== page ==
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We Need To Talk

WE NEED TO TALK

…about mental health… 

We spend so much time, searching for what we want?

Building ideas of how we should be, live and aspire to. 

Thinking, 

I’ll be happy when..

I’ll be successful when…

I’ll be fulfilled when…

This feeling of wholeness however comes at the cost of me-ness. 

Are you sacrificing your true self to meet the ideals of others and society. 

In a world so obsessed with seeing others, 

Do you even SEE YOU?

1 in 4 people suffer from mental health issues, so why are we so afraid to talk about it?

It is important to understand as a player, and as a human, what mental disorders are, and how they can impact both our performance and our lives in general. 

There are many different types of mental disorders. You may have heard of some of them such as; anxiety, depression, bipolar affective disorder, schizophrenia and others. 

Whilst having differential impacts on the human brain and body, they can all be characterized by combinations of abnormal thoughts, perceptions, emotions, behaviour and relationships.

You check yourself right?

You check your ranking? You scroll your socials? You monitor your physical appearance? 

If you feel something is a bit off physically, you check yourself, right…

But, how often do you check up on your mind?

Emotions are like the weather. You may experience elation, intense joy, sadness, or anger, these emotions are forever changing. 

It’s extremely easy to allow yourself to enter a vegetative mental state whilst going through the emotions of your training day in, day out. 

However, it’s also extremely important to take note of the emotions you are experiencing, especially if you are noticing yourself being moody regularly, reacting aggressively or more intensely to poor play, distancing from peers and family, feeling physically unwell or just in a constant state of sadness, stress or worry. 

Mental health is silent, whilst esports is overbearingly loud. 

The esports training environment can be detrimental to your mental health. 

Competitive esports is hard. You are playing amongst many stresses. Not just the stress of the competitive scene, but also the stress from your peers, family, sponsors, fans and yourself. 

For a lot of teams, the set-up of ‘team houses’ still exists whereby players live and breathe with each other. They wake up in the morning, eat together, train together, practice together, scrim together 24/7 with little to no personal space or time on a weekly basis. This daily process can become very intense, and is not surprising that mental health disorders are prevalent in these environments, particularly when mismanaged and not spoken about.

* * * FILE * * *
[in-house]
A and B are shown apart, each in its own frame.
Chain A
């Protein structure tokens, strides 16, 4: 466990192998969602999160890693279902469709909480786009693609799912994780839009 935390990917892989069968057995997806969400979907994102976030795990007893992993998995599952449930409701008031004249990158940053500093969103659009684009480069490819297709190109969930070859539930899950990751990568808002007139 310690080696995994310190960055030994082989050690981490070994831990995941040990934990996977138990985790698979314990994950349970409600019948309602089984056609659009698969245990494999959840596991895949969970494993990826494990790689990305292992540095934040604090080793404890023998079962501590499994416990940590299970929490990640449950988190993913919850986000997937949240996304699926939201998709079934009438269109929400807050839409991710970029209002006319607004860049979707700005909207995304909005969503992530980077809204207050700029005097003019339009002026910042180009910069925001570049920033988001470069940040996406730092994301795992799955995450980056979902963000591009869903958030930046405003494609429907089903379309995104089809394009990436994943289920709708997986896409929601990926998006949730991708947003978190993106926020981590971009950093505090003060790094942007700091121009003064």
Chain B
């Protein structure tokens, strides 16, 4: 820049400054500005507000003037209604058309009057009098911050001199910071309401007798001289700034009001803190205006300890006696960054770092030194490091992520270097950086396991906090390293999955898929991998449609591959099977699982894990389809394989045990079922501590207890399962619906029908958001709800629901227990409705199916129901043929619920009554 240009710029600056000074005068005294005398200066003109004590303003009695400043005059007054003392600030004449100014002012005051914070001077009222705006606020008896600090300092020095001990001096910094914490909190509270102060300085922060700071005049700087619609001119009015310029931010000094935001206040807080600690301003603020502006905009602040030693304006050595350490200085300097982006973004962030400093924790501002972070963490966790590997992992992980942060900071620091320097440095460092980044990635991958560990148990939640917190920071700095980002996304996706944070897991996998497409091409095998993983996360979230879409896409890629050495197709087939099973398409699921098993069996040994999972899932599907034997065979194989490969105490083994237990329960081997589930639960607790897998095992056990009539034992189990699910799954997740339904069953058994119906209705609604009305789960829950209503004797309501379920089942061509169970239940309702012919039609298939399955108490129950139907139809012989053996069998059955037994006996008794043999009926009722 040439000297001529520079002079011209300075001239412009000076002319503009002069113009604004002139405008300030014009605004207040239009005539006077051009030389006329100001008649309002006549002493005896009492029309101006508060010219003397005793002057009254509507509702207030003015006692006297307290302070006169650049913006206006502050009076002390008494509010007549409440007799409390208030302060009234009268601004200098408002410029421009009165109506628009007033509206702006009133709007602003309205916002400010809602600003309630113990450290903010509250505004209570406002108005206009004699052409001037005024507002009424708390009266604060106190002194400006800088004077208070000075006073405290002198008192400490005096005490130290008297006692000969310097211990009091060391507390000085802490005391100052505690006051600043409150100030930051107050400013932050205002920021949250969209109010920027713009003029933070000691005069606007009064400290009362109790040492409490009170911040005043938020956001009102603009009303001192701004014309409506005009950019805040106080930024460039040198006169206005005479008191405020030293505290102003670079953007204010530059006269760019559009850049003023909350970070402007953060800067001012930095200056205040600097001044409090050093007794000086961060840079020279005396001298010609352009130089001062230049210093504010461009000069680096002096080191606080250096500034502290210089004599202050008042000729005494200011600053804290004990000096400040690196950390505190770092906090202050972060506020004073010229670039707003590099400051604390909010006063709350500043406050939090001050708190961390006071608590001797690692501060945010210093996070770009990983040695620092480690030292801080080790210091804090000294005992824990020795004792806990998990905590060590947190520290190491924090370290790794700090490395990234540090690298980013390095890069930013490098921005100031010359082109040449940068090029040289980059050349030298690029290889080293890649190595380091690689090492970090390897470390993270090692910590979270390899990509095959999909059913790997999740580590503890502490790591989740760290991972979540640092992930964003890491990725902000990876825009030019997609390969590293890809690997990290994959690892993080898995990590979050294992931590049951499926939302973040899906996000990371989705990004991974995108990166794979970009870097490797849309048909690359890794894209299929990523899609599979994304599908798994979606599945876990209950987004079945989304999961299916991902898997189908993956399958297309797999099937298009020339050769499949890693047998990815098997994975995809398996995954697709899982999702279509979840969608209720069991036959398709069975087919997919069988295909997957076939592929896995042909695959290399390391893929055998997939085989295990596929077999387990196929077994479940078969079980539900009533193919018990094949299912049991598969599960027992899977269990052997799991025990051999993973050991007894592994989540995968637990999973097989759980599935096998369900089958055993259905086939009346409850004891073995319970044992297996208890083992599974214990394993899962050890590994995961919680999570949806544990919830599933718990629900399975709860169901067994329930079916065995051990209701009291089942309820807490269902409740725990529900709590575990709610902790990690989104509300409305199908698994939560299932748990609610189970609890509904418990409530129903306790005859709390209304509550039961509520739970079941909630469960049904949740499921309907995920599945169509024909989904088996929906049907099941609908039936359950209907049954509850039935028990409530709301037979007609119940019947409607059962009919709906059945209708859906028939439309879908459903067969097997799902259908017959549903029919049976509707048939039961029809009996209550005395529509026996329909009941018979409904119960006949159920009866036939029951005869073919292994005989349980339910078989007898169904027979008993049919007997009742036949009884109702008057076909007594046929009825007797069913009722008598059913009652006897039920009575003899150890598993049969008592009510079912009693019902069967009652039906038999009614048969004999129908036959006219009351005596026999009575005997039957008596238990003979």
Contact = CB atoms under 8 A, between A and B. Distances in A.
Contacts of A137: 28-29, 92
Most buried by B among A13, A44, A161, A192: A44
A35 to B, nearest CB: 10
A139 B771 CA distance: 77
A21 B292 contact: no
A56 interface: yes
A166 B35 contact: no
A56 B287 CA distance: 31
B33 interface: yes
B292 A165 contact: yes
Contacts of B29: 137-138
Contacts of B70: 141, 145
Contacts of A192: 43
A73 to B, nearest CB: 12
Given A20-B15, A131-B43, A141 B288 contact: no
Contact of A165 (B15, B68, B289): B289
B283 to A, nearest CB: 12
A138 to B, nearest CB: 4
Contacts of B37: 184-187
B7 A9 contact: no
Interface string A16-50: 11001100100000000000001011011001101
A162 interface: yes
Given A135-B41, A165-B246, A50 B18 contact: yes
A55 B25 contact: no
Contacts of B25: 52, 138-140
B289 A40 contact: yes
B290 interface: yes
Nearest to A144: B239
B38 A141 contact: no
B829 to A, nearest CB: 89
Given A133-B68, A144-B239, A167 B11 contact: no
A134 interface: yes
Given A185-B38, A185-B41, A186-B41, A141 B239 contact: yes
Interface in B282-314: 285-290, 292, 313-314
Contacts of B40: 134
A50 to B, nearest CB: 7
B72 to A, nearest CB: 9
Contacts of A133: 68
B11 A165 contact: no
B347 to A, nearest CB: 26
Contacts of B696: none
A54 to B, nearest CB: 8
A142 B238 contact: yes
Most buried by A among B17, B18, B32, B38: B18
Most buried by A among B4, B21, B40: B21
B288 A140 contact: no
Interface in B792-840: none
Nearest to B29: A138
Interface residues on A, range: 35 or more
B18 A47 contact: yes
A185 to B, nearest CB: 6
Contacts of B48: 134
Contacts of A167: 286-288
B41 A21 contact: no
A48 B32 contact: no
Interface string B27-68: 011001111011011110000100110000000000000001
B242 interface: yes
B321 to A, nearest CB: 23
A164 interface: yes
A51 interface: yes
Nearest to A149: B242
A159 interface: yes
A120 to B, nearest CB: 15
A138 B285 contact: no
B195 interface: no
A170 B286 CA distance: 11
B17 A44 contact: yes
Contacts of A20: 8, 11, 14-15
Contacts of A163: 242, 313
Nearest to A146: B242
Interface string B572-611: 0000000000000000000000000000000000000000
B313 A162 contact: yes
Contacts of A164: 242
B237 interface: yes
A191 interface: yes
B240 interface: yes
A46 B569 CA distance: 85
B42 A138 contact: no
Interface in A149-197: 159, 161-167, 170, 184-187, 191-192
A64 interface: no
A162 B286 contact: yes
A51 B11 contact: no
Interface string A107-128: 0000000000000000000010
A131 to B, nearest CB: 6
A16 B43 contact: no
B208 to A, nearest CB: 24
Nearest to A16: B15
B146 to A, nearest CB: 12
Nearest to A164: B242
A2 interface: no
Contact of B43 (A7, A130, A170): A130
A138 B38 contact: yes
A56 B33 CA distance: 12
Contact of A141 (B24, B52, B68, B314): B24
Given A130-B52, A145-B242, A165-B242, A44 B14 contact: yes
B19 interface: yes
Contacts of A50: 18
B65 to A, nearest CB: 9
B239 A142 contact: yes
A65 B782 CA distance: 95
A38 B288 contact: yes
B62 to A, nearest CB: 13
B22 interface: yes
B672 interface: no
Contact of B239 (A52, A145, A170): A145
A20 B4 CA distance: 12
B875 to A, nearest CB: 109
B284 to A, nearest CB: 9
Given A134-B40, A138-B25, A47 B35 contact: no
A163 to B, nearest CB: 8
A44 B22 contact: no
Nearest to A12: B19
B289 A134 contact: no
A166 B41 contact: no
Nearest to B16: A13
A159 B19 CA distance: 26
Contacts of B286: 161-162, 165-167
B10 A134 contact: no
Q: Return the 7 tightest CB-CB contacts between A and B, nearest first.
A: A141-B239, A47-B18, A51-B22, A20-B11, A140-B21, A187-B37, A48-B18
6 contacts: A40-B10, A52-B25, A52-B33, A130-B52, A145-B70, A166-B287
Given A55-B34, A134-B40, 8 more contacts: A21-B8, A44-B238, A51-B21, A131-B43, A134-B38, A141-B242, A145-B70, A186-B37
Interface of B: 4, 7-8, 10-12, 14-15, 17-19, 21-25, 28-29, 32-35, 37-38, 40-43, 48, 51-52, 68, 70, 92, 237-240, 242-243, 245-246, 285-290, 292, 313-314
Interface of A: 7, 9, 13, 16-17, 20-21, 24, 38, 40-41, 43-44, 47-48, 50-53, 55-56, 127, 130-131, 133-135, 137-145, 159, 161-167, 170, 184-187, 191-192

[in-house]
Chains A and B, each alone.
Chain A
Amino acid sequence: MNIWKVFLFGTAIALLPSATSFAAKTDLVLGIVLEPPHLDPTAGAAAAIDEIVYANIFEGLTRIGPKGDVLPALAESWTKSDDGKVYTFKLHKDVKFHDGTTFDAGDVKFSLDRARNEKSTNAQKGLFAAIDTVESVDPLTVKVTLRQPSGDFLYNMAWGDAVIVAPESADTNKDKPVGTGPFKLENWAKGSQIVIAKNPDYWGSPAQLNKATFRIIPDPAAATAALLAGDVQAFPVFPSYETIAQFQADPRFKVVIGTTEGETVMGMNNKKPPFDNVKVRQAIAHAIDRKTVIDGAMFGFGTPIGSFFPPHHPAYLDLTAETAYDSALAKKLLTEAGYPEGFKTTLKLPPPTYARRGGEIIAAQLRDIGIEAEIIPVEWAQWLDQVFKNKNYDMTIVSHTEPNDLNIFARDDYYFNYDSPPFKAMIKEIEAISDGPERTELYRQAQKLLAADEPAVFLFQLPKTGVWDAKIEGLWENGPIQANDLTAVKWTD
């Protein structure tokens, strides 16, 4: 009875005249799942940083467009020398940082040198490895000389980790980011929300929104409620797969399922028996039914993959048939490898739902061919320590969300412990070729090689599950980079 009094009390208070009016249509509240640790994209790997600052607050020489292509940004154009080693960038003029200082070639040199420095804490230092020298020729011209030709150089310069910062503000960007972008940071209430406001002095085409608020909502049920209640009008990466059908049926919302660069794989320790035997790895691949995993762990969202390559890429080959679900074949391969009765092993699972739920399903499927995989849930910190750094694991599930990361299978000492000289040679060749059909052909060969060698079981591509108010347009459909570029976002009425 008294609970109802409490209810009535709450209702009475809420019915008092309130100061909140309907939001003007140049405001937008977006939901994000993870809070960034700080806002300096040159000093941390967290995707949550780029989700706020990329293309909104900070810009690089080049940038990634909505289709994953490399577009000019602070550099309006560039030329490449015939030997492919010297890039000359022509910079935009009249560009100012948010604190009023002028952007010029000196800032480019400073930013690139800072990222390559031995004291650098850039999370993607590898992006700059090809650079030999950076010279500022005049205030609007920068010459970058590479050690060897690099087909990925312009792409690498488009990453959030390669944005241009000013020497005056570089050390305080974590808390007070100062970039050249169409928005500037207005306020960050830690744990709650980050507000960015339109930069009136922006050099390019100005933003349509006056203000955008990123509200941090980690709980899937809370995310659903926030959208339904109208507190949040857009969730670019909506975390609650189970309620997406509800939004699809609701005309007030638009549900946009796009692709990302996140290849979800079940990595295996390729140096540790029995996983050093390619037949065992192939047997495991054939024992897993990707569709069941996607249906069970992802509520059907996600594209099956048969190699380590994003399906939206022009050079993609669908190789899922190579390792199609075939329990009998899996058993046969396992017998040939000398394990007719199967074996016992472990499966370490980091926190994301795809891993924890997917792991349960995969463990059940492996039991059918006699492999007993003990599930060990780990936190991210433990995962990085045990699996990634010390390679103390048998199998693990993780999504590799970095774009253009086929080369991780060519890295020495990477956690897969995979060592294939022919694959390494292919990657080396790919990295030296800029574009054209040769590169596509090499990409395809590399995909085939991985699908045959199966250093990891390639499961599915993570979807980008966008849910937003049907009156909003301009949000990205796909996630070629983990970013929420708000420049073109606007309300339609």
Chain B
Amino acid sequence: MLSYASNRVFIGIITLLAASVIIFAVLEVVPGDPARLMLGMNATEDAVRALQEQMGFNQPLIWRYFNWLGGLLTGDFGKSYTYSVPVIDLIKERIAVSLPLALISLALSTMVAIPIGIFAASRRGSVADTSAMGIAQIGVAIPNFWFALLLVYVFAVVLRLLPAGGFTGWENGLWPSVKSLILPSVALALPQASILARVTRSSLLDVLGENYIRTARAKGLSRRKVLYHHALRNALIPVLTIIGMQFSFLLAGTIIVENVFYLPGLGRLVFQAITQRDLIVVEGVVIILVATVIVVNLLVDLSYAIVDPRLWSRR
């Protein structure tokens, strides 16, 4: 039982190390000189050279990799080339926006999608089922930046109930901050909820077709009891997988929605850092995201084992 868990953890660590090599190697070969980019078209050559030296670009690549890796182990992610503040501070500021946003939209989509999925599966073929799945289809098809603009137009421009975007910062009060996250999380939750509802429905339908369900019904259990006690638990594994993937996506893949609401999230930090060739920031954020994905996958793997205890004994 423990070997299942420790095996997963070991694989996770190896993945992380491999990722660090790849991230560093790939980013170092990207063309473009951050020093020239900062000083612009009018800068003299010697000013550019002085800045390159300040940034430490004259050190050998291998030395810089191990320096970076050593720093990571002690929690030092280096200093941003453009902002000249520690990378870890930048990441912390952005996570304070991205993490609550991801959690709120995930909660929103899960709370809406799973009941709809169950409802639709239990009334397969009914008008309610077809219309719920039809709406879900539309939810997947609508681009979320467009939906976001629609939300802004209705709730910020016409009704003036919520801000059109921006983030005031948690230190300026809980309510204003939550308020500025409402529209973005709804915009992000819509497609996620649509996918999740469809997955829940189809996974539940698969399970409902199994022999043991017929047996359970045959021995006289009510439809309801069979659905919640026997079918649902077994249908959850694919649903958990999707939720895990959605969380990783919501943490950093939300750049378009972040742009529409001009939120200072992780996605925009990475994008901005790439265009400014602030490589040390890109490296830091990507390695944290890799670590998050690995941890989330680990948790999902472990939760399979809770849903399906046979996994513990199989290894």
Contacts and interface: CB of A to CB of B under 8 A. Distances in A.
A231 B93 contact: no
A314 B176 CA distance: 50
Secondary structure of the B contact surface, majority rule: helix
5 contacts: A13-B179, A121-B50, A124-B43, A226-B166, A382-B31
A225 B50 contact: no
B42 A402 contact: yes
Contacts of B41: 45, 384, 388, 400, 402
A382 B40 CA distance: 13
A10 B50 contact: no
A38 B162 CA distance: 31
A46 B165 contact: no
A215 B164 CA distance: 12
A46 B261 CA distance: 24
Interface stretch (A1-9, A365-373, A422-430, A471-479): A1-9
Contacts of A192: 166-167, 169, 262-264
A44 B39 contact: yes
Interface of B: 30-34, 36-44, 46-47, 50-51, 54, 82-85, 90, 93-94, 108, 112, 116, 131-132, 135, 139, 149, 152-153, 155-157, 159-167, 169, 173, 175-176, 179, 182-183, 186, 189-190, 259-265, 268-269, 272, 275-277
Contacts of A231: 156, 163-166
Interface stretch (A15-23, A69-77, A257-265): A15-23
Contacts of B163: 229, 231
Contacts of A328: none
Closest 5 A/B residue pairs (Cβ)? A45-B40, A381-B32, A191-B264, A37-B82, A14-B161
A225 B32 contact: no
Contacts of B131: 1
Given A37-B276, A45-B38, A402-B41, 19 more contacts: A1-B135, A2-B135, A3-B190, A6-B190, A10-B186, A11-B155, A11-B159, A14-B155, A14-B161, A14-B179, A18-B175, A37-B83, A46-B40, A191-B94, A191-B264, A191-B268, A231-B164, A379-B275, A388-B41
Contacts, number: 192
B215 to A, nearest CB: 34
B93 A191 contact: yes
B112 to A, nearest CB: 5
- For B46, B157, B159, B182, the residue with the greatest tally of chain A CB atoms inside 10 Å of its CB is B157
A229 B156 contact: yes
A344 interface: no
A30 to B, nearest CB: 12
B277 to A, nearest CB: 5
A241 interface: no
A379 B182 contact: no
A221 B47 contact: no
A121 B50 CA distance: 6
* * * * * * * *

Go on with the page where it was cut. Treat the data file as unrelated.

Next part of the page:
Recently we are seeing more and more esport players talk about their experiences with mental health disorders. It’s important to remember that YOU ARE NOT ALONE. 

Many people experience exactly what you do, and it’s only when you speak up, and take control of your mental health disorder, rather than let it take control of you, that you realize there are others out there that can support you. 

They have been there. Let them help you. 

One such player, Justin ‘Plup’ McGrath, a favorite to win the Evolution Championship Series last year was defeated right before the final, and experienced a panic attack on stage. As distressing as it is to see a person suffer such an episode, it highlights the immense stress and pressure that the professional esports scene can place on an individual on the big stage. 

(To learn more about stress and some coping strategies, take a look at some previous articles in the blog) 

Check yo’self before you wreck yo’self. 

As spectators and critics we elude ourselves from the harsh reality of competitive sport, we highlight champions as prevailing through thick and thin and possessing this concept of ‘mental toughness’. Mental toughness epitomizes the irrational concept of the unbreakability of the mind. 

We. Are. Breakable. 

The more we break, the more we learn. The better we become. But unfortunately, at elite level, in such a new and fast-rising scene, the focus is on being the best and in order to do so, being this unbreakable force. However, that is not what mental toughness is. 

Mental toughness is, facing adversity and overcoming. Failing and learning. Failing again and learning even more. We should embrace failure, but instead, we critique failure, we punish it. 

#itsokaynottobeokay

Depression is on the rise in the esports world, alongside anxiety and eventual burnout. We must, as coaches and mental health professionals seek to facilitate healthy careers for esport athletes. 

However, it is also important for esport players to speak. Do not suffer in silence. When you speak up, things can be changed, help can be given. It is not a sign of weakness, it is a sign of mental toughness – you facing your adversity. 

In a world obsessed with seeing others, SEE YOU, and your friends. 

Check on your peers, sometimes, it’s the happiest on the outside that are suffering the most. 

Speak to your coach or mental health professionals.

Some orgs out there that you can learn more from are: 

Anxiety gaming (specific to gamers): https://anxietygaming.com/

Mind: https://www.mind.org.uk/

 

Kate O’Keeffe

Former performance coach of the professional league of legends team, Fnatic. She has 11 years of experience teaching, coaching and performance consulting to an array of traditional sports at all levels including; swimming, ice hockey, chess, athletics, Gaelic football and hockey.

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